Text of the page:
Death toll: 35 million (estimated 29.6 – 40.8 million)
Years: 1981 – present
The first known case and most probable origin point of HIV was Kinshasa in 1920. The then capital of Belgian Kongo and an important railroad crossroad, the city saw over million people passing through annually, which helped the virus spread all over Africa. But it wasn’t until the early 1980s that the disease became known in the west after more and more cases were discovered in the United States. The epidemic officially started on June 5th, 1981. Since then, between 29.6 million and 40.8 million people have died from HIV-related illness. At the end of 1015, about 36.7 million people have been living with HIV.
3. The Plague of Justinian
Death toll: 37.5 million (estimated 25 – 50 million)
Year: 541 – 542
The next in line on our list of biggest epidemics in human history is The Plague of Justinian that was the first bubonic plague epidemic in Europe. The disease was probably brought to Constantinople by grain ships from Egypt, carrying infected rats. The epidemics devastated the mighty Justinian Empire and stopped his efforts towards the recreation of the Roman Empire. Even the Emperor himself caught the plague but managed to survive it, unlike many of his fellow countrymen. It spread throughout the Mediterranean, as well as through Justinian’s rivals land in Sassanid Empire.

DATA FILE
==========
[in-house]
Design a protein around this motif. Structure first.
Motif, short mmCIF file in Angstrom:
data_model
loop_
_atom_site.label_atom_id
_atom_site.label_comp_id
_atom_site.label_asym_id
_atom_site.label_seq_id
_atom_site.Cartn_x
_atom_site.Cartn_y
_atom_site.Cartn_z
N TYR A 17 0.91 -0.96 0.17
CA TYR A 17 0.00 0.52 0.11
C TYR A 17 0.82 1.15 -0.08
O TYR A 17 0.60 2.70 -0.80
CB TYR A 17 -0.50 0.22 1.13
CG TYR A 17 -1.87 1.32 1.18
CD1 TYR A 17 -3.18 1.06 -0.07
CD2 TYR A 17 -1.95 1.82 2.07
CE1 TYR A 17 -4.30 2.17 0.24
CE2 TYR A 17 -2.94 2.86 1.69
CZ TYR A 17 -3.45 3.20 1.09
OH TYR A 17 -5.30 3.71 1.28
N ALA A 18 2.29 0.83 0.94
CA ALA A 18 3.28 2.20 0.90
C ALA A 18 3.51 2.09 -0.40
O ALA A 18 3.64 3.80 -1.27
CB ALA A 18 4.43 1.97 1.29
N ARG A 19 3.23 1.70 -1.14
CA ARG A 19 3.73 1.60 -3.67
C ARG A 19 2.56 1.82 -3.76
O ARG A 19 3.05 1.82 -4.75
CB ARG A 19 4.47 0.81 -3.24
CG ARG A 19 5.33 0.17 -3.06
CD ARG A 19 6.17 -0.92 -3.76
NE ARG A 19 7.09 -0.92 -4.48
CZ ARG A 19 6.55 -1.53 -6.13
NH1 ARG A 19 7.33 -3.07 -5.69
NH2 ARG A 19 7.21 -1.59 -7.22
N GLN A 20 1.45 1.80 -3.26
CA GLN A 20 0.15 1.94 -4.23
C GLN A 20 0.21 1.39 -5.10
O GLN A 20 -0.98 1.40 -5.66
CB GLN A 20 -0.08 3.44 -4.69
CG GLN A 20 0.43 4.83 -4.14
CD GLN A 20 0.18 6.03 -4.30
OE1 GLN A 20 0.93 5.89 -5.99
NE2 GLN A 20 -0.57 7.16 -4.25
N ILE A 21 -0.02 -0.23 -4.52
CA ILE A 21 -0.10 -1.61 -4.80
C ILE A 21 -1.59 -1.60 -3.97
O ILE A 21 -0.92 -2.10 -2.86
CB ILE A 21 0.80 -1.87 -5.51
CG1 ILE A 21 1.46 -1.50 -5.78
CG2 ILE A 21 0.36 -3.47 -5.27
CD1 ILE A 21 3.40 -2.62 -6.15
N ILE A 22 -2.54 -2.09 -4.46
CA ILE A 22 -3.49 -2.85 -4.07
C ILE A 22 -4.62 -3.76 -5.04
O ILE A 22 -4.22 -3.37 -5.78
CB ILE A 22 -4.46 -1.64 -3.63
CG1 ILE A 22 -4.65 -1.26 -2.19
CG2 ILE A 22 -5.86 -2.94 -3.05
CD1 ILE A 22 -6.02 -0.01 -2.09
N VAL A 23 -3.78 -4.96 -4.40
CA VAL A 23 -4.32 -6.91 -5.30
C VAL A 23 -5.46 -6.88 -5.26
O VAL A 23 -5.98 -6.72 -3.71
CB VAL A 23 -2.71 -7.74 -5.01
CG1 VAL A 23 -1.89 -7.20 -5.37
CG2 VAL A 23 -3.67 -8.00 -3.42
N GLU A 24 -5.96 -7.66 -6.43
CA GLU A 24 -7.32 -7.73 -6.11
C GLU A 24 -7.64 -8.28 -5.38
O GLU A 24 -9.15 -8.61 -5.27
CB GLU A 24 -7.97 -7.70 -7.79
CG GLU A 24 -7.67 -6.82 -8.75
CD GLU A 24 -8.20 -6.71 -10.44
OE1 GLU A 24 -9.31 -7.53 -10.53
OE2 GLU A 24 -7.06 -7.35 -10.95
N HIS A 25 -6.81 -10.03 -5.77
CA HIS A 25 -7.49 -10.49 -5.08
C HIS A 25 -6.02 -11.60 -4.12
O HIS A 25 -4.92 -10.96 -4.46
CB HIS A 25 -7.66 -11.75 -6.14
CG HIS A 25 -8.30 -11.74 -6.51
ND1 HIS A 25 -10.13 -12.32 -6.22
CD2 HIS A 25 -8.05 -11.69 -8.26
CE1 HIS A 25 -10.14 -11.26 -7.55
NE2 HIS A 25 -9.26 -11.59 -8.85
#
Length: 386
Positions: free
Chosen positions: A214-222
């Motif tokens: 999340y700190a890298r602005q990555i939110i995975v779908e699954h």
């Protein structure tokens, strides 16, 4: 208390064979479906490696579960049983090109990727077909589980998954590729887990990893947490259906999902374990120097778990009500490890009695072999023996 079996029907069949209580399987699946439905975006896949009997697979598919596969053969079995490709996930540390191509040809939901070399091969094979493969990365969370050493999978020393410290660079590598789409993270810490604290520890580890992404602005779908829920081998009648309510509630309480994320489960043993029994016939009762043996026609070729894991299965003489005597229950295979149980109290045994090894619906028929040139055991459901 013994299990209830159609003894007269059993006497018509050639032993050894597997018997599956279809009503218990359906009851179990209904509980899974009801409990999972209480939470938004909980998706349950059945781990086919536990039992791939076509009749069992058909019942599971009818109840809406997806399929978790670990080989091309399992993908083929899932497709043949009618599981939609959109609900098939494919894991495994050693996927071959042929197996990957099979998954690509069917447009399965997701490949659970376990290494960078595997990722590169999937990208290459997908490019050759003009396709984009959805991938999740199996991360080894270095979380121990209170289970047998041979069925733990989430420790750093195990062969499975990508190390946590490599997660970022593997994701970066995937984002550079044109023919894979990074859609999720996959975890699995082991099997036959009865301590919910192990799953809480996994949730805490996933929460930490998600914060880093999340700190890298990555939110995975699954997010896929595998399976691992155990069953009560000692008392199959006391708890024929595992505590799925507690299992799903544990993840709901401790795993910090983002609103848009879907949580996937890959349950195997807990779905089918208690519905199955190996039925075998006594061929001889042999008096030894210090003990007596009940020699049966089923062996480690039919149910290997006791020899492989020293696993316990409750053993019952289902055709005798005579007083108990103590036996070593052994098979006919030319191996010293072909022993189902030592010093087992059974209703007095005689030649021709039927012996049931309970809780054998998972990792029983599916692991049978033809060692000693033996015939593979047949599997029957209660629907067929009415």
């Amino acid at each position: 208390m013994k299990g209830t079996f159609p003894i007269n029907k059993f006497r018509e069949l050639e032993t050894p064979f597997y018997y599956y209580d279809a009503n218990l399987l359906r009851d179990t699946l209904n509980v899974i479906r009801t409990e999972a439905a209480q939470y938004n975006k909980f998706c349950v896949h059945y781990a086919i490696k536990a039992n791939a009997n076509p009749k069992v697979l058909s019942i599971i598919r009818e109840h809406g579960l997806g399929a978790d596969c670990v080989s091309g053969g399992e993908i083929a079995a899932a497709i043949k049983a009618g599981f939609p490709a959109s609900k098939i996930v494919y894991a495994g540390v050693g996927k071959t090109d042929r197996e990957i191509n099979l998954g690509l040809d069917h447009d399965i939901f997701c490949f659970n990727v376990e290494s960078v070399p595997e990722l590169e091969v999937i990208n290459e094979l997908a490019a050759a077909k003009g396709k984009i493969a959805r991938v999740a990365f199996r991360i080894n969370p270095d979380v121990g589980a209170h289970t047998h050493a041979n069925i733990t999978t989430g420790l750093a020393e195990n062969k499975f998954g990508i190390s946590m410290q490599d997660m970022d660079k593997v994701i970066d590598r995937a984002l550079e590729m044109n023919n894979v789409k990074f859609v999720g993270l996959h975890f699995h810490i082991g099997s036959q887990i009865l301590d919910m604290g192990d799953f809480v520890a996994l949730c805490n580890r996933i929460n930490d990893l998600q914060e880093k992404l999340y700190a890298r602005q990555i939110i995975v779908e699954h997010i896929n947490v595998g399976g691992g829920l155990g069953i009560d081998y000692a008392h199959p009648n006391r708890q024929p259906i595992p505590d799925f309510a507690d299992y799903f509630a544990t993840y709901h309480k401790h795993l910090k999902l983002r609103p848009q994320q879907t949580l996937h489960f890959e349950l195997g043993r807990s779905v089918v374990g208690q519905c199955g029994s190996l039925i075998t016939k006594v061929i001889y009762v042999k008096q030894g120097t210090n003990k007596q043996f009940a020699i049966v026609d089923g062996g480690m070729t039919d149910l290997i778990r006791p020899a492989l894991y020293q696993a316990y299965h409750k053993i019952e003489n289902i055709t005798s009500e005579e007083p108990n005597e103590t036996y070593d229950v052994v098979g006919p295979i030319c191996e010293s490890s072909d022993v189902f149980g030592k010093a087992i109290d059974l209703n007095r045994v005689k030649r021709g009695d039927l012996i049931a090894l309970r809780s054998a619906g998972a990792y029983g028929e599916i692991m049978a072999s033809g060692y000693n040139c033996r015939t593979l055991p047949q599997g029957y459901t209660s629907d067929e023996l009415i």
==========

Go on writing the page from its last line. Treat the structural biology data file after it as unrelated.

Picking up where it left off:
2. Spanish flu
Death toll: 75 million (estimated 50 -100 million)
Year: 1918 – 1919
In 1918, the world breathed a collective sigh of relief as the Great War, the biggest and bloodiest conflict in human history, ended. People everywhere started painstakingly putting their lives together after more than four years of misery, destruction, and death. Nobody suspected that even greater disaster was already set in motion. In March of 1918, a mess cook named Private Albert Gitchell died of influenza at Camp Funston in Kansas, one of many training camps set up by the United States Army preparing troops for overseas deployment to France. The origin of the virus is still contested, but Camp Funston was the site of the first recorded outbreak of 1918 flu epidemics that ravaged the world. According to the recent studies, between 50 and 100 million people died in 1918 and 1919. The disease was nicknamed the Spanish Flu because only Spain, among all other affected countries, didn’t downplay the number of casualties in daily newspaper reports and at the time, it seemed that the center of pandemics was there.
1. Black Death
Death toll: 137 million (estimated 75 to 200 million)
Regardless of which death toll estimate you take into account, the Black Death remains one of the biggest epidemics in human history. Some experts claim 75 million, the others as much as 200 million dead in both Europe and Asia. When it finally subsided, Europe was in ruins. Between 40 and 60 percent of the entire population was dead. Entire villages and towns were completely emptied of their inhabitants. Large swaths of cultivated land were reclaimed by nature. The entire economic and political situation on the continent was uprooted and some of the consequences are still felt today, as the shortage of labor spurred technical innovations that reduced the need for it.